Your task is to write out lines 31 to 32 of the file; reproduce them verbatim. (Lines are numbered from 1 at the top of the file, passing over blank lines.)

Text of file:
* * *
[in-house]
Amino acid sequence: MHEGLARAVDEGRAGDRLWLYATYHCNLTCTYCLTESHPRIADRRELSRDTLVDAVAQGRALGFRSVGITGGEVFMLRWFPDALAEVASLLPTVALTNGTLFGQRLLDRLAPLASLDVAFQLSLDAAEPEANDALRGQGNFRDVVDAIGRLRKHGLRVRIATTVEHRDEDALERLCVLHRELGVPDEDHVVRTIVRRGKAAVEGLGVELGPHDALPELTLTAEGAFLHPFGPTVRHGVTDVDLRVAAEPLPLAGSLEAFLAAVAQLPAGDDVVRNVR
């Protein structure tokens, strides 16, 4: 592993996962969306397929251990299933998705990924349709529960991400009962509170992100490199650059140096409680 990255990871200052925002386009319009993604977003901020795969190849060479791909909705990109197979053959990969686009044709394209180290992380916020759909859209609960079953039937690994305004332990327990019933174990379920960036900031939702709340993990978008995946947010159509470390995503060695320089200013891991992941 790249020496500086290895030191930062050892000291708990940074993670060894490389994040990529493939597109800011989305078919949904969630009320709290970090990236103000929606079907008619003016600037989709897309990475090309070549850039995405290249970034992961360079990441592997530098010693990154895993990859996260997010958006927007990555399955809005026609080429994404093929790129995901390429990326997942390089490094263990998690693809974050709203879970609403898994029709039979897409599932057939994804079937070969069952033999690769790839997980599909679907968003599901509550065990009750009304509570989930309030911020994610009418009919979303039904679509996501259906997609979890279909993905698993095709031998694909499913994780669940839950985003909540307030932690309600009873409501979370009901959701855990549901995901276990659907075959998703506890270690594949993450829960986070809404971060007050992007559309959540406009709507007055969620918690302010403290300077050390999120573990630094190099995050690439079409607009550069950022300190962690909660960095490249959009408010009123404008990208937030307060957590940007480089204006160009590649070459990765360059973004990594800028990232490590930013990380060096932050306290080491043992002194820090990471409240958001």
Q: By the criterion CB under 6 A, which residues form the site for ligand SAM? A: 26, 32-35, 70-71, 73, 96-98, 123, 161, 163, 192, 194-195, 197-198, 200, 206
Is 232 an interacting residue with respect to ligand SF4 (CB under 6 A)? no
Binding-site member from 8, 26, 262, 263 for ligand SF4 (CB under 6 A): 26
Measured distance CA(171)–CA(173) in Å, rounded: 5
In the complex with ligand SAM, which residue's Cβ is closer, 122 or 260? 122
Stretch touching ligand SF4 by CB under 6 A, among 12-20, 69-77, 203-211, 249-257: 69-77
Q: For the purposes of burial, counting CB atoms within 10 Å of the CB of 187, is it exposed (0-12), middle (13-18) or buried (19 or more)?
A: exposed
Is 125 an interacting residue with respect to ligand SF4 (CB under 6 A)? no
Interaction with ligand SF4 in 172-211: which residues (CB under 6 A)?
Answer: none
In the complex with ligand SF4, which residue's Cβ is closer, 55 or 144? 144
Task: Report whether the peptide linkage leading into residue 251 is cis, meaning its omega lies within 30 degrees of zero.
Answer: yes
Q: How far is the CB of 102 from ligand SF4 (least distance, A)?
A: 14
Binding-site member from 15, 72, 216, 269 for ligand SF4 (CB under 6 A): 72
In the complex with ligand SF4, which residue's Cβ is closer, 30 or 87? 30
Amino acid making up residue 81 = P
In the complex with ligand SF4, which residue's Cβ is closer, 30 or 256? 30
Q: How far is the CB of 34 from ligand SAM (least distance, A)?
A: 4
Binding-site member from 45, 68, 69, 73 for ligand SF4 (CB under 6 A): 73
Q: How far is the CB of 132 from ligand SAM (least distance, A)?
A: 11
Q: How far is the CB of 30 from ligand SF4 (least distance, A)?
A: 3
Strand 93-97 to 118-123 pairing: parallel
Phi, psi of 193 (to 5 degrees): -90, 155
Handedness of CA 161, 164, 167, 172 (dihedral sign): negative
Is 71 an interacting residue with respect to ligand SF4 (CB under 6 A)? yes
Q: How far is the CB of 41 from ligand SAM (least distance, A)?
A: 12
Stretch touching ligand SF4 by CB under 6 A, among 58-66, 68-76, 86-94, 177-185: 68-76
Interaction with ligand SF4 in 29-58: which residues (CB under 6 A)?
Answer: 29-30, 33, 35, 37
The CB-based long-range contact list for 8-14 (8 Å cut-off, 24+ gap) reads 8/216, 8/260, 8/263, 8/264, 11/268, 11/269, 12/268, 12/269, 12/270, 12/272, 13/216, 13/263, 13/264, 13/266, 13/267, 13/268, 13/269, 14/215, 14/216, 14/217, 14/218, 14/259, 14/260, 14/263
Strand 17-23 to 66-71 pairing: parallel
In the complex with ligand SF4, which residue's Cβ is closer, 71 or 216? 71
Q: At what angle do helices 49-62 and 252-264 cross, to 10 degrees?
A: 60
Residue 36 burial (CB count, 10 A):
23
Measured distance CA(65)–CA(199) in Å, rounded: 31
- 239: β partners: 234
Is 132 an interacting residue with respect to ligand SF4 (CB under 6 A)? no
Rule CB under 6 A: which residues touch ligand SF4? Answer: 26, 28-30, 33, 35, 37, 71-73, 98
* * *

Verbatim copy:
Strand 93-97 to 118-123 pairing: parallel
Phi, psi of 193 (to 5 degrees): -90, 155